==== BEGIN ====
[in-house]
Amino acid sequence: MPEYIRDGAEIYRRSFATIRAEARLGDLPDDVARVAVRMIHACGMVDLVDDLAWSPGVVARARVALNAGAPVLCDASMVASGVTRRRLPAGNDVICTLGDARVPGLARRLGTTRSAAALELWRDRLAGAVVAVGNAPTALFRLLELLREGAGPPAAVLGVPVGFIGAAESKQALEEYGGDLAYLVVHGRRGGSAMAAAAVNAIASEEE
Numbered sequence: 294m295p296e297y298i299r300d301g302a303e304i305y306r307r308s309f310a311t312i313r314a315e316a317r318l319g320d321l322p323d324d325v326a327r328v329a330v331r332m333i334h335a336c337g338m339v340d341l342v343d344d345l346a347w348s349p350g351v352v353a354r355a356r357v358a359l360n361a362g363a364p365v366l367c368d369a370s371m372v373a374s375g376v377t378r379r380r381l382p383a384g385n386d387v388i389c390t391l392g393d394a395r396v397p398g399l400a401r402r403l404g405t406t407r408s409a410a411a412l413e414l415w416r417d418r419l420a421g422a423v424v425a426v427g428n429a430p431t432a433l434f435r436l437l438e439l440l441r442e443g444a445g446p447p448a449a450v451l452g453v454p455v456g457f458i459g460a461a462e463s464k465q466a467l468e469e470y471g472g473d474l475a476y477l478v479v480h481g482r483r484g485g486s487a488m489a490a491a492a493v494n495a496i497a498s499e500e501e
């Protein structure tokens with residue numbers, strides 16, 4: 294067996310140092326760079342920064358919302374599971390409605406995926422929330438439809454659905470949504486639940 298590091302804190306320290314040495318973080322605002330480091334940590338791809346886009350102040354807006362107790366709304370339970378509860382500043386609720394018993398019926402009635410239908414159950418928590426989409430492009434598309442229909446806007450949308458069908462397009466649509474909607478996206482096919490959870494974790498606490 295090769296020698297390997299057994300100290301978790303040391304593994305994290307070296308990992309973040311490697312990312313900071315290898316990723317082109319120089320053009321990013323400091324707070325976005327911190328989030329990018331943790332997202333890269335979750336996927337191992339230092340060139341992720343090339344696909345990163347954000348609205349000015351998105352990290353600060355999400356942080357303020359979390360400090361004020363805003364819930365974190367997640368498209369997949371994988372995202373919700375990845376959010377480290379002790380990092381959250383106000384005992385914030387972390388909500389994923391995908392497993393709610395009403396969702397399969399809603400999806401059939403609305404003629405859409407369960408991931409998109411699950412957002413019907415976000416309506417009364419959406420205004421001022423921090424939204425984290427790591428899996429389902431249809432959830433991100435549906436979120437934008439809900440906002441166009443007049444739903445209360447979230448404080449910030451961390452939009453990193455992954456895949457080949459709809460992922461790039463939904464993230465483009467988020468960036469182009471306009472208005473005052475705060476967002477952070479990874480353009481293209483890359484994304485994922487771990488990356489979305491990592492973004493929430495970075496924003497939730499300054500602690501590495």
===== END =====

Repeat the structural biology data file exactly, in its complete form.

[in-house]
Amino acid sequence: MPEYIRDGAEIYRRSFATIRAEARLGDLPDDVARVAVRMIHACGMVDLVDDLAWSPGVVARARVALNAGAPVLCDASMVASGVTRRRLPAGNDVICTLGDARVPGLARRLGTTRSAAALELWRDRLAGAVVAVGNAPTALFRLLELLREGAGPPAAVLGVPVGFIGAAESKQALEEYGGDLAYLVVHGRRGGSAMAAAAVNAIASEEE
Numbered sequence: 294m295p296e297y298i299r300d301g302a303e304i305y306r307r308s309f310a311t312i313r314a315e316a317r318l319g320d321l322p323d324d325v326a327r328v329a330v331r332m333i334h335a336c337g338m339v340d341l342v343d344d345l346a347w348s349p350g351v352v353a354r355a356r357v358a359l360n361a362g363a364p365v366l367c368d369a370s371m372v373a374s375g376v377t378r379r380r381l382p383a384g385n386d387v388i389c390t391l392g393d394a395r396v397p398g399l400a401r402r403l404g405t406t407r408s409a410a411a412l413e414l415w416r417d418r419l420a421g422a423v424v425a426v427g428n429a430p431t432a433l434f435r436l437l438e439l440l441r442e443g444a445g446p447p448a449a450v451l452g453v454p455v456g457f458i459g460a461a462e463s464k465q466a467l468e469e470y471g472g473d474l475a476y477l478v479v480h481g482r483r484g485g486s487a488m489a490a491a492a493v494n495a496i497a498s499e500e501e
């Protein structure tokens with residue numbers, strides 16, 4: 294067996310140092326760079342920064358919302374599971390409605406995926422929330438439809454659905470949504486639940 298590091302804190306320290314040495318973080322605002330480091334940590338791809346886009350102040354807006362107790366709304370339970378509860382500043386609720394018993398019926402009635410239908414159950418928590426989409430492009434598309442229909446806007450949308458069908462397009466649509474909607478996206482096919490959870494974790498606490 295090769296020698297390997299057994300100290301978790303040391304593994305994290307070296308990992309973040311490697312990312313900071315290898316990723317082109319120089320053009321990013323400091324707070325976005327911190328989030329990018331943790332997202333890269335979750336996927337191992339230092340060139341992720343090339344696909345990163347954000348609205349000015351998105352990290353600060355999400356942080357303020359979390360400090361004020363805003364819930365974190367997640368498209369997949371994988372995202373919700375990845376959010377480290379002790380990092381959250383106000384005992385914030387972390388909500389994923391995908392497993393709610395009403396969702397399969399809603400999806401059939403609305404003629405859409407369960408991931409998109411699950412957002413019907415976000416309506417009364419959406420205004421001022423921090424939204425984290427790591428899996429389902431249809432959830433991100435549906436979120437934008439809900440906002441166009443007049444739903445209360447979230448404080449910030451961390452939009453990193455992954456895949457080949459709809460992922461790039463939904464993230465483009467988020468960036469182009471306009472208005473005052475705060476967002477952070479990874480353009481293209483890359484994304485994922487771990488990356489979305491990592492973004493929430495970075496924003497939730499300054500602690501590495």